In big steps across the years, Miller's second novel after 2011's Snowdrops follows two decades of a turbulent, unbreakable male friendship, starting from "collusive innocence" and growing into a loyalty that's nearly love, but that in true bloke fashion dares not speak its name.
Two English guys, Patrician Adam and plebeian Neil, meet in a 1993 Californian hostel. Improbably, engagingly, they like each other. So away they go on a laddish road trip, ticking off scenic highlights, chatting up women via a sequence of excruciatingly amateur lines: "We're hairdressers ... We're masseurs ... we read philosophy."
It's all playfully picaresque, until they meet teenage Rose in a National Park. Sobered by what happens there, they head back to England and the next 20 years of their lives.
Youthful idealism sags into late-30s materialism and resignation. Neil becomes the ultimate entrepreneur, for whom millions are the only noteworthy denomination. Adam trails from unsuccessful television work to the more cobwebby corridors of the civil service.
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Families buoy them and burden them. Love sometimes unsettles them. Secrets keep glinting through various veneers. They and London change: markets soar and stagger; puke-saturated pub carpets give way to whitewashed floorboards; hair goes silvery-grey or awol; parents die; the Thatcher era recedes from recent history to ancient history.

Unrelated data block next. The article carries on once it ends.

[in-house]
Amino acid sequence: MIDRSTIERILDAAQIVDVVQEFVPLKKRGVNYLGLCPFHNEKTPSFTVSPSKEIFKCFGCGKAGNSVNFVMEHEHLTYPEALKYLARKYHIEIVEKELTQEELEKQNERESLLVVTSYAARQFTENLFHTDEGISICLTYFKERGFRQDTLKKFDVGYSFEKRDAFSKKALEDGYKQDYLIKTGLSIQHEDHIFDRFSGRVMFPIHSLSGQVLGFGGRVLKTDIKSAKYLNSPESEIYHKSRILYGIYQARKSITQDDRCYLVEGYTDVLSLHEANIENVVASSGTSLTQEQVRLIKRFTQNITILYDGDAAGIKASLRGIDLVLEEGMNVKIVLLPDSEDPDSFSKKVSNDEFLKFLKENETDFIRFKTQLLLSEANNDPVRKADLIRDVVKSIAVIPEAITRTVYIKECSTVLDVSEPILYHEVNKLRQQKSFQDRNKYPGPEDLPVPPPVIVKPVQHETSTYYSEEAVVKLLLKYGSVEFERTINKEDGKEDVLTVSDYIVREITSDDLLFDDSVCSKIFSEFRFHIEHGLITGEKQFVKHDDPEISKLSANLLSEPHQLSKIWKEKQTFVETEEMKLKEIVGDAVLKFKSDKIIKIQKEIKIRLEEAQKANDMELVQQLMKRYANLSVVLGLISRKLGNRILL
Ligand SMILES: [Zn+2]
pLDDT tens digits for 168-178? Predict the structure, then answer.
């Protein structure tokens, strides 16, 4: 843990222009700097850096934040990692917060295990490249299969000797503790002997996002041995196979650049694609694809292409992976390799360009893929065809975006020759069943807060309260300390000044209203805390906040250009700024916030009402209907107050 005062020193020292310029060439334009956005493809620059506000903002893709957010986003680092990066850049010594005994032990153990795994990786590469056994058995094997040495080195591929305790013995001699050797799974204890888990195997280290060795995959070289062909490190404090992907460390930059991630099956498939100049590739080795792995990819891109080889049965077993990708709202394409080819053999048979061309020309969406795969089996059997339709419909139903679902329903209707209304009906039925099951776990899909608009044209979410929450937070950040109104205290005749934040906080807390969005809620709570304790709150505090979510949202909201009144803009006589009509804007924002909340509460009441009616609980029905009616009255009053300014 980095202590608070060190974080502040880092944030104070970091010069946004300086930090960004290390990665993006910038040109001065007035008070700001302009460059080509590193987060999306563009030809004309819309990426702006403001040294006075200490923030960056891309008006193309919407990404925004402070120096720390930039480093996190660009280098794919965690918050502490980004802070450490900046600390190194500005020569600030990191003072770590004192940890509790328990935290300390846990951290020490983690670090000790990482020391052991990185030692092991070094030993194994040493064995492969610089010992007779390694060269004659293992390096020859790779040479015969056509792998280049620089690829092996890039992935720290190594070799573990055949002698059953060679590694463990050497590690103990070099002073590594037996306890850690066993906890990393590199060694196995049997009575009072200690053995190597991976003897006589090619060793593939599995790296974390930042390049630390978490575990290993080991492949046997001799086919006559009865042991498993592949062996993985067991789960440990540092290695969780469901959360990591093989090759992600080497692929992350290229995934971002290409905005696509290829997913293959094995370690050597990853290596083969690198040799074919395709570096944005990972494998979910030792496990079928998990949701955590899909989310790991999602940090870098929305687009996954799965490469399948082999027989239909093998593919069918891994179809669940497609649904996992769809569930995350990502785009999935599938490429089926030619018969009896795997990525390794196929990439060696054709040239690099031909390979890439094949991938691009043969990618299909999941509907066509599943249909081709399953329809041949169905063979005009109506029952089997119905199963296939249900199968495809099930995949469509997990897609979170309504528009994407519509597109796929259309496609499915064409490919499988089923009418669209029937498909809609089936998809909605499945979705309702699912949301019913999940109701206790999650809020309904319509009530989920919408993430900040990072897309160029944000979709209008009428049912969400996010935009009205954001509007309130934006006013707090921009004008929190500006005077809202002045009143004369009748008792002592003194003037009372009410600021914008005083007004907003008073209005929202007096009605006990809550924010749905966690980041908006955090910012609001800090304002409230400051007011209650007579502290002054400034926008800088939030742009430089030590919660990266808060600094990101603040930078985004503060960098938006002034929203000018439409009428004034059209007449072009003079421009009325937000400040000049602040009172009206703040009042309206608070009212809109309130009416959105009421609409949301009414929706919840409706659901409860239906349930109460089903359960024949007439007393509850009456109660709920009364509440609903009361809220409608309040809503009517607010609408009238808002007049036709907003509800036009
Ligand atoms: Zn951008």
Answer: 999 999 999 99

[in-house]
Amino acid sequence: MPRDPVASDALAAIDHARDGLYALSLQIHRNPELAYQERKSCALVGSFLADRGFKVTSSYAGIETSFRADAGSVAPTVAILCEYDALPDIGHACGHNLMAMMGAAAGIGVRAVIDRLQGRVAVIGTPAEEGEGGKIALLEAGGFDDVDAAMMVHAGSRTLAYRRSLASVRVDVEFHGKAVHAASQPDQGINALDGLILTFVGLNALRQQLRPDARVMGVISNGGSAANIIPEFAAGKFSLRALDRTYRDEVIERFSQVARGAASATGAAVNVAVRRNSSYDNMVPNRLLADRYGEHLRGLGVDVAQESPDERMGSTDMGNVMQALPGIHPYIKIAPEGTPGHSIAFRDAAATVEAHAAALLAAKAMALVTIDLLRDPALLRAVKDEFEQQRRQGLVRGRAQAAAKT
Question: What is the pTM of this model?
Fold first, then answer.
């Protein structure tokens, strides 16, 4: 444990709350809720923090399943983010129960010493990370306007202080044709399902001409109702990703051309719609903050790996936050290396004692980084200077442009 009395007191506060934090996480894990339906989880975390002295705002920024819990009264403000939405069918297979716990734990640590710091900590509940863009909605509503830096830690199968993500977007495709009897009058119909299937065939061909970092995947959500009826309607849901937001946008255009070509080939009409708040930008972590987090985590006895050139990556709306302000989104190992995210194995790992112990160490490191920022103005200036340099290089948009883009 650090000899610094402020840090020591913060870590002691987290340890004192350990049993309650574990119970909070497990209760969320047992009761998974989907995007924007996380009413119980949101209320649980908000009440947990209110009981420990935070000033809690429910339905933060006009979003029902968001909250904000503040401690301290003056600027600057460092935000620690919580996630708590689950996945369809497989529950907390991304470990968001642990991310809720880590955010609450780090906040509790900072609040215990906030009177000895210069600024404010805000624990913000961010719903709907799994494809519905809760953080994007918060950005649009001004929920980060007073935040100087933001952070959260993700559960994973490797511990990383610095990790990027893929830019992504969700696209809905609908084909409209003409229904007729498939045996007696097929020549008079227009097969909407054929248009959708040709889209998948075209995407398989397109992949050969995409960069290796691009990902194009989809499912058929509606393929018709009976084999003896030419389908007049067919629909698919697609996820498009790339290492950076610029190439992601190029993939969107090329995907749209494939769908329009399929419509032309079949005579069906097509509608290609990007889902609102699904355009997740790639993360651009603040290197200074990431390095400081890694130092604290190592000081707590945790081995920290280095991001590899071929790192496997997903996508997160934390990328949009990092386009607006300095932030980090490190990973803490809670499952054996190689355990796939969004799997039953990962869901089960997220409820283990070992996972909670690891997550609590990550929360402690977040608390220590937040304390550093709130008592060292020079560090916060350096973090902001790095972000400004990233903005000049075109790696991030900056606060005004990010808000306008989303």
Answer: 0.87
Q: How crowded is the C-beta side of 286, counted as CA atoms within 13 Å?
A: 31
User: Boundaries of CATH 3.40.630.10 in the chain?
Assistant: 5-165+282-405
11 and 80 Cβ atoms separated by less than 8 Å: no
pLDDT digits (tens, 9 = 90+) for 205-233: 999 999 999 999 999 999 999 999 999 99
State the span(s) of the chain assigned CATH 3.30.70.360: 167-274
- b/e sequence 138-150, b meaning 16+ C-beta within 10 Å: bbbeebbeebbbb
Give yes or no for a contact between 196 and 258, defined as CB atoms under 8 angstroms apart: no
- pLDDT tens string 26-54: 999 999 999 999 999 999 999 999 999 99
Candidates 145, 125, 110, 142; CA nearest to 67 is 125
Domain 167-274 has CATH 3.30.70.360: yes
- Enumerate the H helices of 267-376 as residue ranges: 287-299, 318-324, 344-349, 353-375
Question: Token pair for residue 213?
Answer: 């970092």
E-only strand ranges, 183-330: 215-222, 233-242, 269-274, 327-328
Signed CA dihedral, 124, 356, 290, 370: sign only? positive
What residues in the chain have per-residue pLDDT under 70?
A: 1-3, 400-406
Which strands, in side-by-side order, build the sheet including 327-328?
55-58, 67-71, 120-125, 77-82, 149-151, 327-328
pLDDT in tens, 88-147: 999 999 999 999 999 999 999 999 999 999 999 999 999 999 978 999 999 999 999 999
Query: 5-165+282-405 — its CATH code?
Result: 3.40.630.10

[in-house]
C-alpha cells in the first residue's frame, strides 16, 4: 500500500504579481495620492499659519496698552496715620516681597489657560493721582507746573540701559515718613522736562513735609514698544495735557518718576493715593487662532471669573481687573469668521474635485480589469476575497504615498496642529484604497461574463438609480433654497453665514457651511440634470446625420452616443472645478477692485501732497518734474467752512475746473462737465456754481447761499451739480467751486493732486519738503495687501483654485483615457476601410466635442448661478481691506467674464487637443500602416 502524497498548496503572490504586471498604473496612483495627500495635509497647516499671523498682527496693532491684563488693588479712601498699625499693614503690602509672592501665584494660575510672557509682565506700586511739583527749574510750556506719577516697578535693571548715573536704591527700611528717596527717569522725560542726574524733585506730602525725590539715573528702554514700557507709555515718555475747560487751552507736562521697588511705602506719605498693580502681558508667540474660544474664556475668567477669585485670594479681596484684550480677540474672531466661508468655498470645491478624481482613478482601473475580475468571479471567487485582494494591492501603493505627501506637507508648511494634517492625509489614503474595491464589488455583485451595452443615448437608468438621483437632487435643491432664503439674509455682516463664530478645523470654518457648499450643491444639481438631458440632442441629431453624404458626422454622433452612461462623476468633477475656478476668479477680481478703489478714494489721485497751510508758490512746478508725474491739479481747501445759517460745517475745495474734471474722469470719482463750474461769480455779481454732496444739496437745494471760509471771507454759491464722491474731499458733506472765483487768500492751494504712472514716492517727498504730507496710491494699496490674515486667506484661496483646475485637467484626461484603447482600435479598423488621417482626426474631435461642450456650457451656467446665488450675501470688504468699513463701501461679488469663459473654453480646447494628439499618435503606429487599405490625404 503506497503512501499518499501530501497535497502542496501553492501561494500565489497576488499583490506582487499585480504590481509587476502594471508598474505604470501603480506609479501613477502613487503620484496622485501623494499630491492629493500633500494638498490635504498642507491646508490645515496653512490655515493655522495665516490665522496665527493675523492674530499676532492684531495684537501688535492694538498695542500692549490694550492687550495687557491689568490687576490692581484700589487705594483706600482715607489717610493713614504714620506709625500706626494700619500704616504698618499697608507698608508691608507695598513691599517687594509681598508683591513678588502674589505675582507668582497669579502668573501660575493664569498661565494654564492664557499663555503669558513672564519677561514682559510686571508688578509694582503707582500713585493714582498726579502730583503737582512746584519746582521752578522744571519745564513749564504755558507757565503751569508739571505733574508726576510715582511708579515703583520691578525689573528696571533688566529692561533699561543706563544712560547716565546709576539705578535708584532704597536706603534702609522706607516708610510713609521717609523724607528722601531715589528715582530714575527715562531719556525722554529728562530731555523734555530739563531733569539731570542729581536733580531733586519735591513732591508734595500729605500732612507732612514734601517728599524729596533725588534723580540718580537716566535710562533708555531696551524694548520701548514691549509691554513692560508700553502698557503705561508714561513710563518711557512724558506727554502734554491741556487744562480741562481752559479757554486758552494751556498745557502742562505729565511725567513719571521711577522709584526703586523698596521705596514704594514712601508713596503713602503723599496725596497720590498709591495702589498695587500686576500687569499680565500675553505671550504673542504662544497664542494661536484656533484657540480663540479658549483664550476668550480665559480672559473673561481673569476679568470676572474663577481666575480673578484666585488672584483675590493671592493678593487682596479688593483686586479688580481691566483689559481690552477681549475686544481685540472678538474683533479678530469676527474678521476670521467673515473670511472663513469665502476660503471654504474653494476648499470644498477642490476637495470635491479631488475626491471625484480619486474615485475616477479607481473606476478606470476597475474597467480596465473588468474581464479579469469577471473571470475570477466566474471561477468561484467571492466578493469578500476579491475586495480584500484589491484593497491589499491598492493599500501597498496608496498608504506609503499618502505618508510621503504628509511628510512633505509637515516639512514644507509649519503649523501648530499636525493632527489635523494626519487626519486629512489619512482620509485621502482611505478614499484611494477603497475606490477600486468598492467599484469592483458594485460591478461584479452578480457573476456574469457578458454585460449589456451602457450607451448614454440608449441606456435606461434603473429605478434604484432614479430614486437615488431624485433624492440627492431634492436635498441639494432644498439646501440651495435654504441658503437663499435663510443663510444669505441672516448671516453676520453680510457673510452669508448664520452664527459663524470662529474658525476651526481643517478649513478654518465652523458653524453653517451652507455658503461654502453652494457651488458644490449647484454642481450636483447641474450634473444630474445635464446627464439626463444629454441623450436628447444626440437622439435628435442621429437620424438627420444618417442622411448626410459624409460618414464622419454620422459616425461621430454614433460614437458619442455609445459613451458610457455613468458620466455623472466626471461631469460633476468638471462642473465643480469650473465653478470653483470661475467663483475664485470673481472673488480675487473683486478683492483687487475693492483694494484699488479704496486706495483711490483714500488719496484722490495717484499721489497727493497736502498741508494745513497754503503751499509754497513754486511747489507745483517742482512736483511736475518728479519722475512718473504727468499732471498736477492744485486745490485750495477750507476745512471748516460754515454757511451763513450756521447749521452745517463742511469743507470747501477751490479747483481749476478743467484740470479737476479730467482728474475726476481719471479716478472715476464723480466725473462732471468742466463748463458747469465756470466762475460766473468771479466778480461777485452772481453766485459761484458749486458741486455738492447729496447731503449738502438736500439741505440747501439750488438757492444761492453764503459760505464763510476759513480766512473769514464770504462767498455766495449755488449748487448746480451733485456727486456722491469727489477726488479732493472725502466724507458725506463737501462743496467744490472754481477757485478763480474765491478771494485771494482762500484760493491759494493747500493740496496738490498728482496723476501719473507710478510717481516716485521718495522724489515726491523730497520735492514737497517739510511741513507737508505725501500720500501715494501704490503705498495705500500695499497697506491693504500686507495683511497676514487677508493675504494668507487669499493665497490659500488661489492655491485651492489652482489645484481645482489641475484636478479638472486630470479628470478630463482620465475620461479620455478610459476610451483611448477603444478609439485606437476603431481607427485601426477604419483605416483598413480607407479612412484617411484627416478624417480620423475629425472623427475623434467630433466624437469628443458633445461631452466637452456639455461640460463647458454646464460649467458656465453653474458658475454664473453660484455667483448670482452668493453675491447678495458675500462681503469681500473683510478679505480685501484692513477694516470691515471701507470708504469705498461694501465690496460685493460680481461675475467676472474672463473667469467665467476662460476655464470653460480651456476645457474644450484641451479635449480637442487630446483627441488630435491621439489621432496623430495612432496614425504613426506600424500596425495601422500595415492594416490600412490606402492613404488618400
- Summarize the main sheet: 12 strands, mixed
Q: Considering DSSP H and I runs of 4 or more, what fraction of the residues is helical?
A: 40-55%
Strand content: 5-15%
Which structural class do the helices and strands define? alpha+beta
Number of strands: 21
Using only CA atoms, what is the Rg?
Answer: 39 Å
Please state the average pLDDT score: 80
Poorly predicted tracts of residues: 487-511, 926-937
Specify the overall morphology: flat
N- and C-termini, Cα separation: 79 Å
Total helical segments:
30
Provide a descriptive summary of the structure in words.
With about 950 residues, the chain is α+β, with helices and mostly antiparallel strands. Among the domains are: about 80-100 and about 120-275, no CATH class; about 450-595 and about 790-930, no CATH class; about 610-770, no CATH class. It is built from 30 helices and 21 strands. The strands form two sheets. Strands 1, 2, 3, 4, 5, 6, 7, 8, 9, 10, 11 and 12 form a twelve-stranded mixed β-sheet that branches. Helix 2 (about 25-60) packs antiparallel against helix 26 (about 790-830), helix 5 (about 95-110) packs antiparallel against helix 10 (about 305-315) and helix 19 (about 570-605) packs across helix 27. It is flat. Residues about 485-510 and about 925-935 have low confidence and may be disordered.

Prose and plot stride along vigorously; it's an enormously readable book. There's a calamitous breach and an aw-shucks reconciliation. Miller does stage-manage his events and people: you watch him ably and overtly moving them around. He ensures the precariously good end precariously happy, and that's not bad at all.
He gets the concerned, halting male dialogue just about pitch-perfect; it's a story where silences between friends speak profoundly. He also has a fine eye and ear for British class distinctions: Neil's middle-class dad in his stifling stationery shop; Adam's aristocratic pater urging his son to procreate and keep the upper class alive.
Society changes. So do the two protagonists, one bouncy and risk-taking, the other more nuanced and disillusioned. Their character arcs enclose a big cast of other figures. A number of women suffer at their hands, mostly through male gaucheness and unawareness. A number of others grow along with them.
Miller doesn't spare his men. Neither does he demonise them. They're imperfect, authentic, bound by "the muscle memory of old jokes" and the awareness that "betrayal ... was what friends did". An affirmation of the bruised, basic goodness of many men; read it for that reason alone.
The Faithful Couple
by A.D. Miller
(Little, Brown $37.99)
David Hill is a New Plymouth writer.